04 Sep 2013 04:59
So here is the first, official, "How-to…" blog post! In each of these posts I will try to explain a feature or capability of PokePP that will help you make the best of this program. Have a look if you're stuck and confused, or even if you just want to find a new way to use PokePP!
Since this is the first how to blog post, I'll start off with the basics and show you how to get set up in PokePP. I'll also give you a short preview of each sheet so you know what each is for.
So the first page is called 'Welcome to PokePP!' If you haven't already figured it out, you should probably go there first and have a read. This page will outline how to pick which generation you want to work in, with a small table outlining what games belong to which generation, and which pokemon are supported in each (according to their National Pokedex Numbers).
While the PokePP you download will already come with a given generation, if you want to switch generations you can either download a version with a different preloaded generation or activate the 'Pokedex Generation' option on this page to update your current version (which will keep all your party saves and settings).
Lastly, should any updates be made to pokedex based information, such as fixing movesets or updating abilities, adding new pokemon, etc, you don't have to download a new version of PokePP, simply generate the pokedex from this generation box and you'll download the most recent data!
Next page you'll probably want to look at is your 'Party Pkm' sheet. This is where your party will come to life using many of the features shown in the toolbar above. Each button on the left deals with the party as a whole, while the buttons on the right are meant for each pokemon. Follow the guide below for a better idea of what each does:
If you already have a party saved, click this button to pick a party to view on the party screen. This will clear the screen before adding though, so make sure you save any changes to your previous party before loading a new one!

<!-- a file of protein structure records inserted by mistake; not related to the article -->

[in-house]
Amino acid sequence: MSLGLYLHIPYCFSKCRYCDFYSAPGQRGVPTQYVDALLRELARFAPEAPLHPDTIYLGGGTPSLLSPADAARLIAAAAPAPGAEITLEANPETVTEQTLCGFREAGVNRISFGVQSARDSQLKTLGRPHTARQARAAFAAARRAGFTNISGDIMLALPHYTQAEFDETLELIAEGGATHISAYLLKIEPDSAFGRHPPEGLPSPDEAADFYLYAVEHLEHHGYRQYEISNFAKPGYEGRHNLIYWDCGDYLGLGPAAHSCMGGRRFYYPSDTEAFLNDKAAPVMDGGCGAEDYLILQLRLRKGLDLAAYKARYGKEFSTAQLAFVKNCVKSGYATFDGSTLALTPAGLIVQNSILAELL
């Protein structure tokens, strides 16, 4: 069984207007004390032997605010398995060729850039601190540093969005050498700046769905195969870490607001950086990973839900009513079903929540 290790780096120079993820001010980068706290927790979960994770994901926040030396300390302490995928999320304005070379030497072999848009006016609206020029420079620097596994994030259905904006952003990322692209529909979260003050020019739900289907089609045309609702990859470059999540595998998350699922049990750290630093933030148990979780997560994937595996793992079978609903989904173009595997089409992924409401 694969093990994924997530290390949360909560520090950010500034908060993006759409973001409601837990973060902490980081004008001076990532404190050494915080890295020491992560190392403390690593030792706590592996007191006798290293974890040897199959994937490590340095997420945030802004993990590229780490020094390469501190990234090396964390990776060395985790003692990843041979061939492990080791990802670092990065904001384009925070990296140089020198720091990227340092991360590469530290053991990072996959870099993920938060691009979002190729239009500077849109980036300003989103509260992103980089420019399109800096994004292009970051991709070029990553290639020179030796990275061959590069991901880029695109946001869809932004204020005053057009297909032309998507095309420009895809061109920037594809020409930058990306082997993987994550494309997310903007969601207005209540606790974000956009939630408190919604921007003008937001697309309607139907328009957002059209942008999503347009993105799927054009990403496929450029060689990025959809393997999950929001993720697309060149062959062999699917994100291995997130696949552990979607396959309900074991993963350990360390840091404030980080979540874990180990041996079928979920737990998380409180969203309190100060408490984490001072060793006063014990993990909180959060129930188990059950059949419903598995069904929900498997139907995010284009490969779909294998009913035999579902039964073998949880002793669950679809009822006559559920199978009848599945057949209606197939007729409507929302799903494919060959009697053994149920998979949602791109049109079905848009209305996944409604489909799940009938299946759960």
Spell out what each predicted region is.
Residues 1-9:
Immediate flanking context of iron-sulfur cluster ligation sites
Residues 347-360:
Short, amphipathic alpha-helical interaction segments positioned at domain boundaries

Save your current party to be reloaded at a later time. This party will be saved under the name in the header bar (above's picture has named the party 'White'), which you can edit at any point in time.
When clicked, this will bring up a selection box prompting you to pick a party out of all the ones you currently have saved and delete it permanently.
This button will add a new, specially formatted excel row that will hold all the information about your pokemon. Once generated, type in a pokemon name in the pokemon cell column (or choose from the provided dropdown list) and it's information will automatically be displayed!
This will select the whole pokemon row of the currently selected cell and prompt you as to whether you would like to permanently remove it from your party.
When you load a pokemon into your PokePP party sheet for the first time, it will not have an image. In order to load an image you must click this button, and then choose whether you would like to download the image to your program so that its available next time you select the pokemon, or to simply load it to view for your current session only (it will disappear next time you load the pokemon though).
Lastly, you're able to Hide/Unhide the base stats of the pokemon in your party, just tap this button and see!
So, not sure whether your party is up to snuff? Well, look no farther! On your 'Analysis' Sheet you have a few tables at your disposal. First one is simple: What do you have in your party? On the left you have all your pokemon types, and on the right the types of the moves your pokemon uses. Use this to make sure you have as much (or as little?) diversity as you want.
Next is how your pokemon shape up against all the other types. The 'rating' column gives your party a rating for each type depending on how well your party will fair against a pokemon of the given type. The higher the rating, the better you will fare. If you rate a 0 or lower, beware!
Now, not all types should be feared that much. Looking at our sample chart below, lets pick out two types: Ghost and Psychic. Now on ratings alone it might look like Ghost and Psychic are about the same, but if you look at the '# of Pokemon' column (which shows how many pokemon of that given type exist in the game) you'll see that there are almost 3x as many Psychic pokemon than Ghost. Thismakes Psychic a bigger hole than the Ghost weakness, so you should have a look at fixing it before you try to fix your Ghost weakness!
Lastly, comes this next beast of a chart. It's not actually anything new, but simply a breakdown of how the previous chart was calculated. Hopefully these brief descriptions can help:
The number of pokemon in your party that have a weakness to the given type
The number of moves used in your party that aren't very effective against the given type
The sum of Weak Def and Weak Att that shows the number of weaknesses present in the party
The number of pokemon in your party that will not be affected very much by the given type
The number of moves used in your party that will be super effective against the given type
The sum of Strong Def and Strong Att that shows the number of strengths present in the party